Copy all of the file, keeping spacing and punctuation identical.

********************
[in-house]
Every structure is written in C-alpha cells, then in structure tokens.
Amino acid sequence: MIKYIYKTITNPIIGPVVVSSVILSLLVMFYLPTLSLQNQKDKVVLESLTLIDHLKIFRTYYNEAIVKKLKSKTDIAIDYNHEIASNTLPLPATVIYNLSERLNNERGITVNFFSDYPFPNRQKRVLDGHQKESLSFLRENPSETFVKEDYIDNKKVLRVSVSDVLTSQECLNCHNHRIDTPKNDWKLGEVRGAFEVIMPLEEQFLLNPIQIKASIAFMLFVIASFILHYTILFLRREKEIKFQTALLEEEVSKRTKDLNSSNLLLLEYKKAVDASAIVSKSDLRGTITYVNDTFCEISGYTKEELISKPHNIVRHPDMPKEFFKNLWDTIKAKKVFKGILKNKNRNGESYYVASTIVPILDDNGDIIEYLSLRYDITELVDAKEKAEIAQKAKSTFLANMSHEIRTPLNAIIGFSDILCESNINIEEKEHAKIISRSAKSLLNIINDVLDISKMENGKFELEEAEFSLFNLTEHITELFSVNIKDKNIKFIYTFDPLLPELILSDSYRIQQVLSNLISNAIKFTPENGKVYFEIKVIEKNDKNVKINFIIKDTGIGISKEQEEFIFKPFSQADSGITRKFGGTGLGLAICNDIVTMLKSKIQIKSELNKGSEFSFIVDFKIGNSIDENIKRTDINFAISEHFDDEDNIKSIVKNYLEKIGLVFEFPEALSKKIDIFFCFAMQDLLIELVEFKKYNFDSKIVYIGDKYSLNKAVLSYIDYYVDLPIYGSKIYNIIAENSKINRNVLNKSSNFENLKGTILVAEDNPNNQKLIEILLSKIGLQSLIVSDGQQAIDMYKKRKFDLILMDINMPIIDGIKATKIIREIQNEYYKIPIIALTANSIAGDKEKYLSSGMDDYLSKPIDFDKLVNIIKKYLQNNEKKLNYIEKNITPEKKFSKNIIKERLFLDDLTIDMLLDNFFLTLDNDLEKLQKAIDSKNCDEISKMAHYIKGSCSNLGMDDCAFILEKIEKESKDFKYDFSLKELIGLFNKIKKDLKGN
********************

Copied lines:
[in-house]
Every structure is written in C-alpha cells, then in structure tokens.
Amino acid sequence: MIKYIYKTITNPIIGPVVVSSVILSLLVMFYLPTLSLQNQKDKVVLESLTLIDHLKIFRTYYNEAIVKKLKSKTDIAIDYNHEIASNTLPLPATVIYNLSERLNNERGITVNFFSDYPFPNRQKRVLDGHQKESLSFLRENPSETFVKEDYIDNKKVLRVSVSDVLTSQECLNCHNHRIDTPKNDWKLGEVRGAFEVIMPLEEQFLLNPIQIKASIAFMLFVIASFILHYTILFLRREKEIKFQTALLEEEVSKRTKDLNSSNLLLLEYKKAVDASAIVSKSDLRGTITYVNDTFCEISGYTKEELISKPHNIVRHPDMPKEFFKNLWDTIKAKKVFKGILKNKNRNGESYYVASTIVPILDDNGDIIEYLSLRYDITELVDAKEKAEIAQKAKSTFLANMSHEIRTPLNAIIGFSDILCESNINIEEKEHAKIISRSAKSLLNIINDVLDISKMENGKFELEEAEFSLFNLTEHITELFSVNIKDKNIKFIYTFDPLLPELILSDSYRIQQVLSNLISNAIKFTPENGKVYFEIKVIEKNDKNVKINFIIKDTGIGISKEQEEFIFKPFSQADSGITRKFGGTGLGLAICNDIVTMLKSKIQIKSELNKGSEFSFIVDFKIGNSIDENIKRTDINFAISEHFDDEDNIKSIVKNYLEKIGLVFEFPEALSKKIDIFFCFAMQDLLIELVEFKKYNFDSKIVYIGDKYSLNKAVLSYIDYYVDLPIYGSKIYNIIAENSKINRNVLNKSSNFENLKGTILVAEDNPNNQKLIEILLSKIGLQSLIVSDGQQAIDMYKKRKFDLILMDINMPIIDGIKATKIIREIQNEYYKIPIIALTANSIAGDKEKYLSSGMDDYLSKPIDFDKLVNIIKKYLQNNEKKLNYIEKNITPEKKFSKNIIKERLFLDDLTIDMLLDNFFLTLDNDLEKLQKAIDSKNCDEISKMAHYIKGSCSNLGMDDCAFILEKIEKESKDFKYDFSLKELIGLFNKIKKDLKGN